Location: London Borough of Tower Hamlets, London, England
Coordinates: 51°30′29″N 00°04′34″W
– Castle: 12 acres (4.9 ha)
– Tower Liberties: 6 acres (2.4 ha)
Height: 27 metres (89 ft)
– White Tower: 1078
– Inner Ward: 1190s
– Rebuild: 1285
– Wharf Expansion: 1377–1399
Visitors: 2,785,249 (in 2015)
UNESCO World Heritage Site
– Designated: 1988 (12th session)
– Reference no.: 488
The Tower of London is a historic fortress located on the north bank of the Thames in London, England, next to Tower Bridge. The tower is located in the London Borough of Tower Hamlets located east of the City of London in an area called Tower Hill. Its construction began towards the end of 1066 as part of the Norman conquest of England. The White Tower, which gave its name to the whole castle, was built on the orders of William the Conqueror in 1078 and was considered a symbol of oppression inflicted on London by the ruling class. The castle was used as a prison since 1100. He also served as a grand palace and royal residence. Overall, the tower is a complex of several buildings surrounded by two concentric defensive walls and a moat. There were several phases of expansion, mainly during the reigns of Richard I, Henry III and Edward I in the twelfth and thirteenth centuries. The general plan established at the end of the thirteenth century not evolved despite subsequent activities within these walls.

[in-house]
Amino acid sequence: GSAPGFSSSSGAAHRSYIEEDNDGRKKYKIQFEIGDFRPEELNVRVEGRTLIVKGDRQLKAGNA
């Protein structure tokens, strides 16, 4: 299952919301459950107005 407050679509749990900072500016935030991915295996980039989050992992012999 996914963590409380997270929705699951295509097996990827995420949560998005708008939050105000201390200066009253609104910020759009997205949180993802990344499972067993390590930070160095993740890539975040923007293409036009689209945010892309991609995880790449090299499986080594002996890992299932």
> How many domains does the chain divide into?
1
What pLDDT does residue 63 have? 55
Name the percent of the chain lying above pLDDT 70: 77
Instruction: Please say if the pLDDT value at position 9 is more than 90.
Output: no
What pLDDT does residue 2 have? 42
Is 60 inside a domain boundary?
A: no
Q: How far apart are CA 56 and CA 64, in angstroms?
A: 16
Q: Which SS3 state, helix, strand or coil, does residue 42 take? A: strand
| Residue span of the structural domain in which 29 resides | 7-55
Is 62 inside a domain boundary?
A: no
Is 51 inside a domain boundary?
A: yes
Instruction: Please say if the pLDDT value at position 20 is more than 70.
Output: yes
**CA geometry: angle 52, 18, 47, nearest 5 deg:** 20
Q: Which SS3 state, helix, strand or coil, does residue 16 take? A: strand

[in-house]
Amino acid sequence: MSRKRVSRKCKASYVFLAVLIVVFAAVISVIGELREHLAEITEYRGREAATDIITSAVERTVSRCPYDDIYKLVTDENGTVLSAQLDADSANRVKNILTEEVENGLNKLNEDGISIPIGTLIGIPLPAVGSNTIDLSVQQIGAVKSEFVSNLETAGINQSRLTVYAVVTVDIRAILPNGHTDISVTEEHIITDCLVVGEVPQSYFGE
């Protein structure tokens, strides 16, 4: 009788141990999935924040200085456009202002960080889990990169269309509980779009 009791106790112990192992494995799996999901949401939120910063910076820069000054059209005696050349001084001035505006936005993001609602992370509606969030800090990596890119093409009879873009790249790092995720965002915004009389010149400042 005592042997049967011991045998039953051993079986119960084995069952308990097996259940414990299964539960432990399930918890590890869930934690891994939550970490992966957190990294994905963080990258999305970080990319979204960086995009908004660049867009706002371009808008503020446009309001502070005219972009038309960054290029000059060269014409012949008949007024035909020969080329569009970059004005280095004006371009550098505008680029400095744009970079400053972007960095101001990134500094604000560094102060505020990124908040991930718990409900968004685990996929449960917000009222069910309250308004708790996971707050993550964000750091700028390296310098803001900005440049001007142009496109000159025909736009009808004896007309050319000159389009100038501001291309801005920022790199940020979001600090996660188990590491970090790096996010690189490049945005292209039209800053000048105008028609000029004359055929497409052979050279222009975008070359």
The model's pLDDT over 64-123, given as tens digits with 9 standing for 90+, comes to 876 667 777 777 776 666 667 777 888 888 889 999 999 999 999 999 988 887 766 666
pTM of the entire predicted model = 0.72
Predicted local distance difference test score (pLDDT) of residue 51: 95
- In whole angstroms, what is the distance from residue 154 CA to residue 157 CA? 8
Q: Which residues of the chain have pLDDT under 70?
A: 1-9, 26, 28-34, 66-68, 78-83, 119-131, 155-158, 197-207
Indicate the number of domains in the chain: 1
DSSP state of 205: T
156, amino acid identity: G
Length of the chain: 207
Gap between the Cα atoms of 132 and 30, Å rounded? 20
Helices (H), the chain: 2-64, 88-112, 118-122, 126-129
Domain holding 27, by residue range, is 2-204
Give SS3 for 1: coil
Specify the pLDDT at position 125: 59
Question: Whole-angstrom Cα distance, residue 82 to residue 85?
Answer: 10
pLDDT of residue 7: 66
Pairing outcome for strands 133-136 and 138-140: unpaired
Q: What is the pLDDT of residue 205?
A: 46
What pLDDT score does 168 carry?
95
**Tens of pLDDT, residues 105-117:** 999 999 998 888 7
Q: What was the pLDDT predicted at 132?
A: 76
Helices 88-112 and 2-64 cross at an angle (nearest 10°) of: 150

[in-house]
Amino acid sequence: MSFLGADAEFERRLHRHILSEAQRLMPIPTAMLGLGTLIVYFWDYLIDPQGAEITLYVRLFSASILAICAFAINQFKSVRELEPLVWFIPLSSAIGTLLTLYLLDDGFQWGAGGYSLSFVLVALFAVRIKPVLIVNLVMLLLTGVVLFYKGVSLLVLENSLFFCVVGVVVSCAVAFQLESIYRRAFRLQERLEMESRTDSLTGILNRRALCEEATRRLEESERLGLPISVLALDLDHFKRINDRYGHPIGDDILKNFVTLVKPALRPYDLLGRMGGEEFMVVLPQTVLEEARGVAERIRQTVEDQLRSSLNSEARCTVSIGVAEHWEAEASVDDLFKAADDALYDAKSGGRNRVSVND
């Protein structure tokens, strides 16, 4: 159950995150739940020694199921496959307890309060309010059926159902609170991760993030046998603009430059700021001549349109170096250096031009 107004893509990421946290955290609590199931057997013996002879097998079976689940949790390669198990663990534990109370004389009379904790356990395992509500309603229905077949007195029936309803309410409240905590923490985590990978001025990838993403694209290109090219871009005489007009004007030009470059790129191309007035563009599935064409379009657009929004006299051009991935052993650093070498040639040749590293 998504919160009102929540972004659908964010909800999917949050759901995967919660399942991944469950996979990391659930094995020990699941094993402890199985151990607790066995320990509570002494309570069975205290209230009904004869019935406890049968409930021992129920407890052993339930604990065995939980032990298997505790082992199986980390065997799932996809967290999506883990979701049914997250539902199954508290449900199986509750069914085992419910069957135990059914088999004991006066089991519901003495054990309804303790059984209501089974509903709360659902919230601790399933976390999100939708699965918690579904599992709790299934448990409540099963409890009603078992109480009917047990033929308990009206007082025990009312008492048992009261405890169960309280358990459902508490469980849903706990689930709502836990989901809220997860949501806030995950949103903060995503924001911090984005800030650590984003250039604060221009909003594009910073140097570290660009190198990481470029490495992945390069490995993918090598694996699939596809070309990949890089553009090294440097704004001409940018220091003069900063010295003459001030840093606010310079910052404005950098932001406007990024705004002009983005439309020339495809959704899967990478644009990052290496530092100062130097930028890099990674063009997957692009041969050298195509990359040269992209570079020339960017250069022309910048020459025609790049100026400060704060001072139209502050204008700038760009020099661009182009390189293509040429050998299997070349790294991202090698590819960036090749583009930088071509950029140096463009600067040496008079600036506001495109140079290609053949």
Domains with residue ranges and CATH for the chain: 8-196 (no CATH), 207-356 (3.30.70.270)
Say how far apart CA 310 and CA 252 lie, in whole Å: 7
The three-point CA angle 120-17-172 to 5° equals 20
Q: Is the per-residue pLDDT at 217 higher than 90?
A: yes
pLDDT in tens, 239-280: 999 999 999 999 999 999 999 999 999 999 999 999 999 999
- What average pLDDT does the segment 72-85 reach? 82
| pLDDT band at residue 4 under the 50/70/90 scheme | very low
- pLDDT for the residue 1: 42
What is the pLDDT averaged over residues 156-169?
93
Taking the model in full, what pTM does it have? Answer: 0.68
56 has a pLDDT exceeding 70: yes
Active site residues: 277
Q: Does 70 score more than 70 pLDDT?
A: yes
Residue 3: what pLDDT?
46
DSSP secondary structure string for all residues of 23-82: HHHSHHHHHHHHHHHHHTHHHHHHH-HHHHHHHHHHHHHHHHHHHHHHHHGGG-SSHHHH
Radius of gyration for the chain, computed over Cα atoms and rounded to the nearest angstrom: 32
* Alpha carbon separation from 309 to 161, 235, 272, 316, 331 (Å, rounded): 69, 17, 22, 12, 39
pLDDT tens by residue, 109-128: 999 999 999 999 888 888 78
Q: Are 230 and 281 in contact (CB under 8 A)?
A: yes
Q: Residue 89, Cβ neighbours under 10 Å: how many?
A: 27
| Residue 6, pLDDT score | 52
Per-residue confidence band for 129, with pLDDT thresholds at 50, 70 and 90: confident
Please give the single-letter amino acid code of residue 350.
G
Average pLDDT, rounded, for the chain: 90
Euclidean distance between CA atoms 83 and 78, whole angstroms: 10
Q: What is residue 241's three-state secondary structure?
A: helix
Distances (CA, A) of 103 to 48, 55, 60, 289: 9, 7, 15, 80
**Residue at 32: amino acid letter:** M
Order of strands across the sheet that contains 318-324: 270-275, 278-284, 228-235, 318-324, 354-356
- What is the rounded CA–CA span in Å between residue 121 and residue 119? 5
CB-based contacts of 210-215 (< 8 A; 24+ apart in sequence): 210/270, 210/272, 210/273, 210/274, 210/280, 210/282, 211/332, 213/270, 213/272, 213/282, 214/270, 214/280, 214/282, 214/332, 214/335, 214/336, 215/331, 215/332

The Tower of London has played a key role in the history of England. It was repeatedly besieged and its control was important in controlling the country. The tower served as an armory, treasury and menagerie, it received the Royal Mint and public archives and is home to the British crown jewels. From the beginning of the fourteenth century to the reign of Charles II, a procession was organized to Westminster Abbey for the coronation of the British monarch. In the absence of the king, the Constable of the Tower, a powerful position in medieval times, was in charge of the fortress. During the Tudor period, the tower lost its role as a royal residence, and despite some modifications, his defenses were not adapted to the progress of artillery.
The inmate use of the tower reached its peak in the sixteenth and seventeenth centuries when many people fell out of favor, as Elizabeth I before she became queen, were locked up there. This usage is at the origin of the phrase “sent to the Tower” meaning imprisoned. Despite its lingering reputation as place of torture and death, popularized by religious propagandists of the sixteenth century and the nineteenth-century writers, only seven people were executed in the tower before the twentieth century. Executions were usually carried out at Tower Hill to the north of the tower where 112 people were executed over a period of 400 years. In the second half of the nineteenth century, institutions such as the Royal Mint left the tower to other locations leaving many vacant buildings. The architects Anthony Salvin and John Taylor took the opportunity to restore the tower and restore its medieval appearance by removing structures built after that period. During both world wars, the Tower was again used as a prison and was the place of twelve executions for espionage. After World War II, the devastation caused by the Blitz was repaired and the tower was reopened to the public. Today the tower is a World Heritage by UNESCO and hosts several million visitors per year.